The LaGrange Police Department is hosting a Crisis Intervention Team Training session for agencies around Georgia. The 40-hour Crisis Intervention course is being taught through the Georgia Public Safety Training Center with guest lecturers all week. The program is to help police officers react appropriately to situations involving mental illness, develop mental disability, or emotionally disturbed persons.
The training is becoming mandatory and over 10,000 officers have taken the course in Georgia. All LaGrange Police officers have had the training and the Troup County Sheriff’s Office is working to have all deputies take the course as well.
The training was inspired by a 1987 incident where Memphis Tennessee Police officers shot and killed a subject with a knife who was going through a mental health crisis. The public outcry from the incident began a national discussion on how to most effectively deal with citizens going through a mental crisis.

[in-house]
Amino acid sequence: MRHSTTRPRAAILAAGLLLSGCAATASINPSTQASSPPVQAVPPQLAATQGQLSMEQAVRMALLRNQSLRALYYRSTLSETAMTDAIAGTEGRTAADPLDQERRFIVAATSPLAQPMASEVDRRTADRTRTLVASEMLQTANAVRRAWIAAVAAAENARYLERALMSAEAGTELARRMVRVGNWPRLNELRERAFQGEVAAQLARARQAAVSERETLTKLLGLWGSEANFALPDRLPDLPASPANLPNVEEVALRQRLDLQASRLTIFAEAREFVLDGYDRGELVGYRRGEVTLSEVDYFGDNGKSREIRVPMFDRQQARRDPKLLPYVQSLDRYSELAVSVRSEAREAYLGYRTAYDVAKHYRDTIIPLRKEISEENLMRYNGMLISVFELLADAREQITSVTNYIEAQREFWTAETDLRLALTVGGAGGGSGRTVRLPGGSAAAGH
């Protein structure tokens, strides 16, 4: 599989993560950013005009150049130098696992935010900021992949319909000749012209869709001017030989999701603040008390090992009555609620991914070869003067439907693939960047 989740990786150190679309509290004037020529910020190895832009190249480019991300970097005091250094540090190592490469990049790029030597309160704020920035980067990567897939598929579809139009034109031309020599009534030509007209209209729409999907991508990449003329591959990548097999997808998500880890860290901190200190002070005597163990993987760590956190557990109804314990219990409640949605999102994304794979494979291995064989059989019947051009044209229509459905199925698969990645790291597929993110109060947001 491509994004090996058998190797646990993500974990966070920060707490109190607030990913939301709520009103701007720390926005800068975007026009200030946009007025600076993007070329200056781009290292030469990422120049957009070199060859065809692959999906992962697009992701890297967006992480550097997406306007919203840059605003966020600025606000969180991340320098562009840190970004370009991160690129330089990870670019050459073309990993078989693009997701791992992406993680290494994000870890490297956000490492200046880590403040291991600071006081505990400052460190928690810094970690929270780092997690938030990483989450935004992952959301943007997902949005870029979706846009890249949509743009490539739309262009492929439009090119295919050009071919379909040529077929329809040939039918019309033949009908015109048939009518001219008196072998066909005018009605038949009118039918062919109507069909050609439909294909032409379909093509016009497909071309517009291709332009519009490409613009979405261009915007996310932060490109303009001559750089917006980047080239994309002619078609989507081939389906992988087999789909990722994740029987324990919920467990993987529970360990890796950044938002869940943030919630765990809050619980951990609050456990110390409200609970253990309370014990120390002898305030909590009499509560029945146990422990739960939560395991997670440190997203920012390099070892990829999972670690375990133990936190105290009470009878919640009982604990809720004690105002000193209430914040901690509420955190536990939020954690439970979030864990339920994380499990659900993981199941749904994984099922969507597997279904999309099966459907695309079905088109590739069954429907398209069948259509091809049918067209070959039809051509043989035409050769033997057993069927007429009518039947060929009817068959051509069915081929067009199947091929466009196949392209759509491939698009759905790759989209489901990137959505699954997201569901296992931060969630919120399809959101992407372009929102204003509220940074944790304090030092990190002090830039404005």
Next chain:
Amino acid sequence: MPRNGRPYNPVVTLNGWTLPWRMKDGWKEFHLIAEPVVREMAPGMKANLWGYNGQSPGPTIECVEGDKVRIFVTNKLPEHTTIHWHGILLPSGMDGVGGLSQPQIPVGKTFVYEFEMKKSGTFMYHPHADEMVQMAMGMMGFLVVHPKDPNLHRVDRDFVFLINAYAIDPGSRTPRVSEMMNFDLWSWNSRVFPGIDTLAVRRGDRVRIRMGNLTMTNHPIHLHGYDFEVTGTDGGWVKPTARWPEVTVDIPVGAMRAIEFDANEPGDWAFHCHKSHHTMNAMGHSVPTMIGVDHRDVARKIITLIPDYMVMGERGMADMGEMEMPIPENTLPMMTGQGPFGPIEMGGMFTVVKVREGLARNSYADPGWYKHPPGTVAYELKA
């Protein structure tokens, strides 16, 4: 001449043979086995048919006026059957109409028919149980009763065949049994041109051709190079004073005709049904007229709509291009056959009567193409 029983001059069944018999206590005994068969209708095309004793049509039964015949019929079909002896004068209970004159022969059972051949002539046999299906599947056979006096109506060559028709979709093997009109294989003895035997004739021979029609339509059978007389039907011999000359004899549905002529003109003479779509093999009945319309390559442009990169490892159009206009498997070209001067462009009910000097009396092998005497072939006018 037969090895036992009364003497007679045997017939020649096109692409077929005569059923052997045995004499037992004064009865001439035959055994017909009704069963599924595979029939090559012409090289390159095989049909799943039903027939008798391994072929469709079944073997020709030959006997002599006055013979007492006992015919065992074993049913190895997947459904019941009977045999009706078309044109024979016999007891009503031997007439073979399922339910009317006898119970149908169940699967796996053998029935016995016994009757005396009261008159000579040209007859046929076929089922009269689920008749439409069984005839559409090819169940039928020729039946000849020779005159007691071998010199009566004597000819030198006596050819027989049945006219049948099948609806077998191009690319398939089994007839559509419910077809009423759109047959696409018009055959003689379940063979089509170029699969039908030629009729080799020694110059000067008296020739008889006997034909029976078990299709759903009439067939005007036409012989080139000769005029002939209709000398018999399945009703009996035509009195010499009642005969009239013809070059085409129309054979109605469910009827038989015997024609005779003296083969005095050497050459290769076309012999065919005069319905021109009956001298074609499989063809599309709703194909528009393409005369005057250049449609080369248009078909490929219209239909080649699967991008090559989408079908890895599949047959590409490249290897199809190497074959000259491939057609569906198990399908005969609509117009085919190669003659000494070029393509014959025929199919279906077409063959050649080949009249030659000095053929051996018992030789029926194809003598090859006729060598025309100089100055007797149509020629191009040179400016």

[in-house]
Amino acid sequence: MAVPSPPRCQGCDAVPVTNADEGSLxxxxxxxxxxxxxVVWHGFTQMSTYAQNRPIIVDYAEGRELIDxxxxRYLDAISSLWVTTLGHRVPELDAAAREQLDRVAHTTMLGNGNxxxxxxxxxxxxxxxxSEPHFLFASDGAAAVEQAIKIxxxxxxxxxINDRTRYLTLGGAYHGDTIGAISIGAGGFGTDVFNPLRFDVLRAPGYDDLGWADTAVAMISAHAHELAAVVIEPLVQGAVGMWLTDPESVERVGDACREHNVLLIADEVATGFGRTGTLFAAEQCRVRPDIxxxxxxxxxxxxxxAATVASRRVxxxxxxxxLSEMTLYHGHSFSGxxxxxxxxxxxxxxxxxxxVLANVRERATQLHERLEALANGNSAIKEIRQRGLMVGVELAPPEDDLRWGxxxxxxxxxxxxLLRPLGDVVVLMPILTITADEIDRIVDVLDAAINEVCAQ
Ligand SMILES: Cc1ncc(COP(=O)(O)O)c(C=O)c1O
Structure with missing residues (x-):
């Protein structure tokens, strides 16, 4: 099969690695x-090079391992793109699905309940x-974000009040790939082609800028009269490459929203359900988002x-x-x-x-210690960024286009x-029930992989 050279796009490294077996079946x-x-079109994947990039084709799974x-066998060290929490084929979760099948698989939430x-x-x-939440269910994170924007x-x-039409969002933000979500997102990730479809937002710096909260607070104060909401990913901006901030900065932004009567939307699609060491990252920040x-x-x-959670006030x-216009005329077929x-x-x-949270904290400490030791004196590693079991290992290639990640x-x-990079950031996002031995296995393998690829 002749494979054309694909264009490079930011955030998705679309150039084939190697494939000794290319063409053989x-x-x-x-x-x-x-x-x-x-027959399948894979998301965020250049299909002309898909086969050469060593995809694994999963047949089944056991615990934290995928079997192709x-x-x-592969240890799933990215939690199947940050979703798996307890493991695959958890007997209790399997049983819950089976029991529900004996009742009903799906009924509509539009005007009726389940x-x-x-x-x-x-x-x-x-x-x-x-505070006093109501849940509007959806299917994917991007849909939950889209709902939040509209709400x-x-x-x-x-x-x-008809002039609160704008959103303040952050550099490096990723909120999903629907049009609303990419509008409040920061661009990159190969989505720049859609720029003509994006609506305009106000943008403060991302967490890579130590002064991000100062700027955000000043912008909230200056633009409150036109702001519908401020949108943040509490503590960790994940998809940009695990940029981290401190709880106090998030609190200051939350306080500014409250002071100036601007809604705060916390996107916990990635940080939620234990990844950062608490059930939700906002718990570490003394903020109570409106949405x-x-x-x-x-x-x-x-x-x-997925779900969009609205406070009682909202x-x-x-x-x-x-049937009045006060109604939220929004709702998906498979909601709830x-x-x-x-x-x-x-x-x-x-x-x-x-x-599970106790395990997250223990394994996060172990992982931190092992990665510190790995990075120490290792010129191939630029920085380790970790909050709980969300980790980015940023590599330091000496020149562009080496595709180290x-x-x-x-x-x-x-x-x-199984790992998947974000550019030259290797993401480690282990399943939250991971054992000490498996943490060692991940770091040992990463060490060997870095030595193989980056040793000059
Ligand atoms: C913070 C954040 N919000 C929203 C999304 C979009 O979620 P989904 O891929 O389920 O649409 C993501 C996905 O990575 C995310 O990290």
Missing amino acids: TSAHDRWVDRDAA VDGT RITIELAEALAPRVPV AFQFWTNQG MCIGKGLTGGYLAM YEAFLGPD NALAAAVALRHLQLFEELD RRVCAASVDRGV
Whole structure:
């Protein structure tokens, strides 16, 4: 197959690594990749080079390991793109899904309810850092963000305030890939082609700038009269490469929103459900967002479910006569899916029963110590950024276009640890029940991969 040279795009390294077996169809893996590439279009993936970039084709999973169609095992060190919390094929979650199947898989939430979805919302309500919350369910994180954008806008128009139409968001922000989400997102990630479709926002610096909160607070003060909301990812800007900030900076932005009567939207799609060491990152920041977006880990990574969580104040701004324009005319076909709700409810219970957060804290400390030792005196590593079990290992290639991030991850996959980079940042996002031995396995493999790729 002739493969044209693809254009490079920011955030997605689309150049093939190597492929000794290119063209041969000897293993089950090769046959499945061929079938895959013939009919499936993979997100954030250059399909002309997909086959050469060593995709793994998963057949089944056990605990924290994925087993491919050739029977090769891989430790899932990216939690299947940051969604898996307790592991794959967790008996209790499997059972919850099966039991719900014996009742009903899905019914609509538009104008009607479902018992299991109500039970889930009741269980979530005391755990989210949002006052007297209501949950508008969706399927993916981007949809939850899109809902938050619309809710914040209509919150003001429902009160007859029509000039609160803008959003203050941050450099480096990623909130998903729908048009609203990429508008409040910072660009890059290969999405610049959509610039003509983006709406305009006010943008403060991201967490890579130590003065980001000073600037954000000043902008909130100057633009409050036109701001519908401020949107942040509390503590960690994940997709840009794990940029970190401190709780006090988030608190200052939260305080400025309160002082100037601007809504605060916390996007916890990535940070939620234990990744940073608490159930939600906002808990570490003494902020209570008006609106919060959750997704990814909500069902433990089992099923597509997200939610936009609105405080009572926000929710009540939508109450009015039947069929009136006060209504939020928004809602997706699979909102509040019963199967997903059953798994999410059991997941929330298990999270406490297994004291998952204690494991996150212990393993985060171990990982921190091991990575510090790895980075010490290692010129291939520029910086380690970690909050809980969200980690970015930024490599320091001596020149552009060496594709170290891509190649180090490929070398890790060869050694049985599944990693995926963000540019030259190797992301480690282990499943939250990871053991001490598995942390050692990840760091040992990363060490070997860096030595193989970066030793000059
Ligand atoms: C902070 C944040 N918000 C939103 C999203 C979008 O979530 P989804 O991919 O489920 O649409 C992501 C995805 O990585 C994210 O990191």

Due to more and more mental institutions being closed, police are beginning to see an increasing number of calls for service to help with people going through mental health issues. Most of the time, the people causing these incidents are victims in their own right. They are victims of their own illness.
The Crisis Intervention Training attempts to create an alternative to incarceration so that the “consumers” can get the help that they need.
The goals of the training are to minimize risk of injury, get treatment for those who need it, and potentially avoid incarceration.
The Crisis Intervention Team is made up of public safety personnel, such as police or paramedics; family advocates, such as mental health courts; and community providers like Pathways.
The training is already providing dividends. Police say use of force incidents have dramatically declined. Part of that is from de-escalation techniques taught during the training, but it’s also because officers are seeing affected individuals as needing help, not jail.
The training is also making people more willing to seek help from police. Citizens are learning that police are better trained to help their loved ones going through crisis.
We’ve got a long way to go. Mental health is still a major problem in Troup County. LaGrange Police reported five attempted suicides in January alone. With an estimated 15 million mentally affected individuals in the United States, police have their work cut out for them. The good news is they now have a plan that seems to be working.